13 2013] expanding the vienna convention on consular relations 1435 not impose additional consular notification requirements outside of the VCCR; instead it provides more detailed guidelines regarding how consular notification and involvement will be accomplished within the jurisdiction. 89 In some cases, however, an MOU has imposed additional consular notification requirements outside the provisions of the VCCR. 90 One MOU provides for consular involvement in child welfare proceedings that involve both Mexican national minors and Mexican American minors. 91 While a Mexican national minor is a child who was born in Mexico, a Mexican American minor is a child who was born in the United States but is eligible for Mexican nationality as the biological minor of a Mexican national. 92 Another MOU calls for consular notification whenever the child has at least one Mexican national parent, regardless of the child s citizenship status. 93 Thus, these two agreements provide greater protection than the VCCR, which is triggered only when the child is a noncitizen. These MOUs demonstrate recognition among those working in the child welfare field of the benefits offered by consular notification and the need for greater protection than the VCCR provides. However, the advantages of MOUs are limited because, as soft law, they are unenforceable. 94 Ultimately, the VCCR has the greatest potential for safeguarding the rights of foreign national parents and 89. See generally MEMORANDUM OF UNDERSTANDING BETWEEN THE STATE OF ILLINOIS, DEPARTMENT OF CHILDREN AND FAMILY SERVICES AND THE CONSULATE GENERAL OF MÉXICO IN CHICAGO REGARDING CONSULAR NOTIFICATION IN CASES INVOLVING MINORS (2007), available at Consulate.pdf [hereinafter Illinois MOU] (providing an example of the detailed guidelines regarding the implementation of the VCCR); PROTOCOL OF COOPERATION BETWEEN THE CONSULATE GENERAL OF MEXICO IN LOS ANGELES, CALIFORNIA, AND THE LOS ANGELES JUVENILE DEPENDENCY COURT (2009), available at ProtocolMexicanConsulateLAJuvenileCourt2009.pdf (illustrating further the detailed guidelines within an MOU that describe how to implement the VCCR). 90. See generally Illinois MOU, supra note 89 (providing an example of when an MOU imposes additional consular notification requirements outside of the VCCR); MEMORANDUM OF UNDERSTANDING BETWEEN THE CONSULATE GENERAL OF MEXICO IN EL PASO, TEXAS AND THE CONSULATE OF MEXICO IN ALBUQUERQUE, NEW MEXICO, AND THE CHILDREN, YOUTH, AND FAMILIES DEPARTMENT OF THE STATE OF NEW MEXICO OF THE UNITED STATES OF AMERICA REGARDING CONSULAR FUNCTIONS IN CERTAIN PROCEEDINGS INVOLVING MEXICAN MINORS AS WELL AS MUTUAL COLLABORATION (2009), available at [hereinafter New Mexico MOU] (providing an additional example of an MOU with provisions outside the VCCR). 91. Illinois MOU, supra note Id. 93. New Mexico MOU, supra note See JEFFREY L. DUNOFF ET AL., INTERNATIONAL LAW: NORMS, ACTORS, PROCESS 36 (Vicki Been et al. eds., 3d ed. 2010) (describing soft law as declared norms of conduct understood as legally nonbinding by those accepting the norms ).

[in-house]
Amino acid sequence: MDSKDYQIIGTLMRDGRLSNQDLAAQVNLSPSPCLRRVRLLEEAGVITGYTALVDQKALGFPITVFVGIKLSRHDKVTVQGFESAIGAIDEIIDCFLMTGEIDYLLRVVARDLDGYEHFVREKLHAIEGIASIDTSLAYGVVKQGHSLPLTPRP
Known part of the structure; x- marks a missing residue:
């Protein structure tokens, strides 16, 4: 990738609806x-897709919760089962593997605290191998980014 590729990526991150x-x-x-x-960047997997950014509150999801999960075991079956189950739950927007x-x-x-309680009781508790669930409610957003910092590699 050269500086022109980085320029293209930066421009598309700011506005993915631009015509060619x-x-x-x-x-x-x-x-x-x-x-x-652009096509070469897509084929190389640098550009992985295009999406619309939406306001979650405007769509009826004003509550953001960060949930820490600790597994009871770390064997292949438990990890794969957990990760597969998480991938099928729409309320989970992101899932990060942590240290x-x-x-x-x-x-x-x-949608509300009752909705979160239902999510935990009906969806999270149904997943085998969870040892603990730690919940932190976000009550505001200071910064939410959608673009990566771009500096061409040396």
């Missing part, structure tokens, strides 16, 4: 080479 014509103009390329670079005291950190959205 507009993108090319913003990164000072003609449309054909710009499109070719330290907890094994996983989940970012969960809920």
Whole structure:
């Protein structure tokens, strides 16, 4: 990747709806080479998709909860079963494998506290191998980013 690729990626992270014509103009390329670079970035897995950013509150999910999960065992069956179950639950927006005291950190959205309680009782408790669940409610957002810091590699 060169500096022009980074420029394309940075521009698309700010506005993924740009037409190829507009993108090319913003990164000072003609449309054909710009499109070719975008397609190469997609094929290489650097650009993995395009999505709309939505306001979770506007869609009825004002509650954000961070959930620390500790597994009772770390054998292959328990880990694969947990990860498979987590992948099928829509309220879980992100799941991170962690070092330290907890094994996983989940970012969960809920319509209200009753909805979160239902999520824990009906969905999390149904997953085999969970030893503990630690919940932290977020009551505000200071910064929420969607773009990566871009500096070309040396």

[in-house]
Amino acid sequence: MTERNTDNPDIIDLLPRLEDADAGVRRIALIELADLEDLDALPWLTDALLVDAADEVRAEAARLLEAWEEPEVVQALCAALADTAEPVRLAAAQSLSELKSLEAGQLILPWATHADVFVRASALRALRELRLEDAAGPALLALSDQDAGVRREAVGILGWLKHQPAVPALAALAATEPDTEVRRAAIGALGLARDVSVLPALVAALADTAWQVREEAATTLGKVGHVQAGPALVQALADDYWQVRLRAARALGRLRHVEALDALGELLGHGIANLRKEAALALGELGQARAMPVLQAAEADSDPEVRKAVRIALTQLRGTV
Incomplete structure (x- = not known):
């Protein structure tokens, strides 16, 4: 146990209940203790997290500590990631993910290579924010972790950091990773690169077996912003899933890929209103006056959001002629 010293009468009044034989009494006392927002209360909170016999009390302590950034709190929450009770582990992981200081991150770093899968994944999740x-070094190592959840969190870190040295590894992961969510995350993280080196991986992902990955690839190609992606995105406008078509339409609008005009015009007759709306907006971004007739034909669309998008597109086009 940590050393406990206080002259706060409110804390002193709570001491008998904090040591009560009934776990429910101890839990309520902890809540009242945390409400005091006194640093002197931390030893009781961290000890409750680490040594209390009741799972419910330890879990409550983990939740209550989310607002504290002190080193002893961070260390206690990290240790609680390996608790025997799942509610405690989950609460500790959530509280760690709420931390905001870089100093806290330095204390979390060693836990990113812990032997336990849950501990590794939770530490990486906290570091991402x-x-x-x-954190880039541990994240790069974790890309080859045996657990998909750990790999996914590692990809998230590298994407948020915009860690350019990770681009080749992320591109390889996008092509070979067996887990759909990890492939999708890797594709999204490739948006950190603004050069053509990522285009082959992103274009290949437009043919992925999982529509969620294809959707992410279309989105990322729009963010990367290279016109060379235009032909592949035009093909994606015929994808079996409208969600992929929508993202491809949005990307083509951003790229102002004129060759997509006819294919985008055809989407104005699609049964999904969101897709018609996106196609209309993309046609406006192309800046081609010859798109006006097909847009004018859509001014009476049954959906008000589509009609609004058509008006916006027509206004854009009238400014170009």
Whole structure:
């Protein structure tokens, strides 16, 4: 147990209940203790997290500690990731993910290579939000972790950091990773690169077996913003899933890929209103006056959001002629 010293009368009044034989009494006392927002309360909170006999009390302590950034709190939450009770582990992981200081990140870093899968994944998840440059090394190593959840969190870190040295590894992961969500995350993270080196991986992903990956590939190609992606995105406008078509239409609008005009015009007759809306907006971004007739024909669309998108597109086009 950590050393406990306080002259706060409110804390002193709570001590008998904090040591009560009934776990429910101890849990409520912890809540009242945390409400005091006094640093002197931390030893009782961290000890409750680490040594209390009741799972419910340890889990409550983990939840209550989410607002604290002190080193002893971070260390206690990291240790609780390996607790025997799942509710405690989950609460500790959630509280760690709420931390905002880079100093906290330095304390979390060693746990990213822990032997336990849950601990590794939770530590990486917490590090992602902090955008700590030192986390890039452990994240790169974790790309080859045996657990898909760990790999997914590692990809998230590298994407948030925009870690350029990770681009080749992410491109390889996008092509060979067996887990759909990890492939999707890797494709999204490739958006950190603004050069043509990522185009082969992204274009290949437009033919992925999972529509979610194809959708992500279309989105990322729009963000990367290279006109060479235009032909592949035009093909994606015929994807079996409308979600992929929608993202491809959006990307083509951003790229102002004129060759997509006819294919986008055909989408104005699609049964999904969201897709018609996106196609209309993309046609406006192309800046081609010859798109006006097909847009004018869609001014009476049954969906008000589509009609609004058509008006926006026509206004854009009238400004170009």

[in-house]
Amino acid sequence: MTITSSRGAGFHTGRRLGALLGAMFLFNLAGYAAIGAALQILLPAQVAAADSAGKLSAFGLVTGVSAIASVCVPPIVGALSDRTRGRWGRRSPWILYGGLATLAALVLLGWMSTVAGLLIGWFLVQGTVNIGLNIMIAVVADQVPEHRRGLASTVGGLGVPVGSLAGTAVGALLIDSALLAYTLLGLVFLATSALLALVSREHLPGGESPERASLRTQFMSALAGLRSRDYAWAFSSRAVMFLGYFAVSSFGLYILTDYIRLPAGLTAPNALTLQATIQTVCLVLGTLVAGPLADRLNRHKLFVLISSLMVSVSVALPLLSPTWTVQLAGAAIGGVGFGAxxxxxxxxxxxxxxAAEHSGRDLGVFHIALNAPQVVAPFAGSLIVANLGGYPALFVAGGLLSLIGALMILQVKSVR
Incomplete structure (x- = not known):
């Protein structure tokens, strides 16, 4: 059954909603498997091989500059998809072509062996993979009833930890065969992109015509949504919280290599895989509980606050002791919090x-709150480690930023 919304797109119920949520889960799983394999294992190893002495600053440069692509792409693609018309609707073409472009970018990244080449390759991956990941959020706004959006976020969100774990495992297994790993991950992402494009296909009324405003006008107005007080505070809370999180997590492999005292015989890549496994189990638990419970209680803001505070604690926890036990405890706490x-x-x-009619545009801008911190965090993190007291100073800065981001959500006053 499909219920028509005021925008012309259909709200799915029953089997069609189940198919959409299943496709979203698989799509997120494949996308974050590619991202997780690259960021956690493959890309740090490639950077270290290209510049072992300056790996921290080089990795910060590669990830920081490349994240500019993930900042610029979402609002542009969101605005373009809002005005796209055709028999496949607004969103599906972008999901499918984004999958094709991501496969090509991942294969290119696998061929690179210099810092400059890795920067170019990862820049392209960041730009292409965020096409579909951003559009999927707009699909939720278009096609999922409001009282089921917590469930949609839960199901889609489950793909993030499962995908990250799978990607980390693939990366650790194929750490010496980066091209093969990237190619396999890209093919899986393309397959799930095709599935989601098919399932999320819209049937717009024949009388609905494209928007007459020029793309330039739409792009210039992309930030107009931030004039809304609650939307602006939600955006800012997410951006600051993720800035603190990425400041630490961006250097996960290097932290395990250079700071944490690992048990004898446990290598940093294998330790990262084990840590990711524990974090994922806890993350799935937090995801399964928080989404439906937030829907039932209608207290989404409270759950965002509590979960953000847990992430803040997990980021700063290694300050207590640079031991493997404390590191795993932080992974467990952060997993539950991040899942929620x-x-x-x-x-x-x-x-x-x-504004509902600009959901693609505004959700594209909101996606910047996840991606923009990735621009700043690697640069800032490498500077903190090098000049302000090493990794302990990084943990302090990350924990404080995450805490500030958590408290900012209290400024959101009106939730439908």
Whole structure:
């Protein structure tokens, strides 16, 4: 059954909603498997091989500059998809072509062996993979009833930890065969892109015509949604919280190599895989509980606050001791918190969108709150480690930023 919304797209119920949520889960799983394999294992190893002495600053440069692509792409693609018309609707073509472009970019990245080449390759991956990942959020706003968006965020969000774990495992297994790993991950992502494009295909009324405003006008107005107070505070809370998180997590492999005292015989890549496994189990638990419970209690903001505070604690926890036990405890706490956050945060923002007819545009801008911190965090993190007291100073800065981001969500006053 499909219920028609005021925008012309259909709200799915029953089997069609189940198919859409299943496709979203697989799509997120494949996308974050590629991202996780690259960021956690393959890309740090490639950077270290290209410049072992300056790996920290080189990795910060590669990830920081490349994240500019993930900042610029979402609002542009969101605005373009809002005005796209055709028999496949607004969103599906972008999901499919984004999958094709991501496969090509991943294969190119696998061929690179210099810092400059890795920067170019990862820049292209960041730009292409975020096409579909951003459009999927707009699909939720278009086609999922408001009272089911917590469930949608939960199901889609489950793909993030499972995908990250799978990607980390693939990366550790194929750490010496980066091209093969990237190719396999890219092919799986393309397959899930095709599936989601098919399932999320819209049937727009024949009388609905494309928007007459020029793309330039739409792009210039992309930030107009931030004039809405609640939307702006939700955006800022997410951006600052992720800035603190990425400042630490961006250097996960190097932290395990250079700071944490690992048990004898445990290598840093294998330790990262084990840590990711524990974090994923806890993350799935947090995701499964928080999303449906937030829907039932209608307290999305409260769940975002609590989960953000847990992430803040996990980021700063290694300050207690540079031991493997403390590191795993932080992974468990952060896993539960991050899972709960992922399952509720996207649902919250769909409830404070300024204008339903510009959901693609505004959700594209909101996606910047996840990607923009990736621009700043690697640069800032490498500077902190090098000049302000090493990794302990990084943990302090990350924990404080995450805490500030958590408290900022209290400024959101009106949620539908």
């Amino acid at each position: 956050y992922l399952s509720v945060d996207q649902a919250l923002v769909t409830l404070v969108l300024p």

14 1436 vanderbilt journal of transnational law [vol. 46:1423 children because the majority of nations are parties to the convention. 95 IV. INADEQUACIES OF THE VCCR Although the VCCR s wide applicability is beneficial, the treaty as it is currently written is inadequate. There are two main problems with Article 37. First, Article 37 is triggered only in child welfare proceedings involving foreign national children, even though the same issues necessitating consular involvement exist when the child is a citizen with a foreign national parent. 96 Second, the text of the article does not provide a clear enforcement mechanism, leading to inconsistent and generally poor enforcement. 97 If the treaty is not enforced, it offers no protection at all. A. Coverage Gap: Protecting Children but Not Parents The text of Article 37 makes it clear that consular notification is triggered whenever a foreign national child is taken into state custody. 98 Consular officials help these children in a number of ways. For example, they can secure documents from the child s home country or find a relative who can take temporary custody of the child so the child does not have to live in a foster home. 99 Consular officials primarily protect the rights of children by protecting the rights of their parents. 100 Given the goal of family unity, child welfare cases are not just about the children. 101 Government officials are charged with providing services to help resolve whatever problems led to the separation of the family. 102 Since parents are responsible for providing for and protecting their families, they bear the burden of achieving reunification. The VCCR s focus on the nationality of the child makes little sense given that 95. Vienna Convention on Consular Relations: Status, supra note 69 (noting that currently 173 countries are party to the VCCR). 96. See discussion infra Part IV.A. 97. See discussion infra Part IV.B. 98. See VCCR, supra note 13, at art. 37 (stating that the authorities are to inform the consular without delay in any case where the appointment of a guardian or trustee appears to be in the interests of a minor ). 99. See discussion supra Part I.C Id See JONES, supra note 3, at 31 (discussing the efforts undertaken by CPS to help the parents and the family as a whole, not just the child) See id. (discussing the steps that CPS will take to address the issues causing the separation of the family).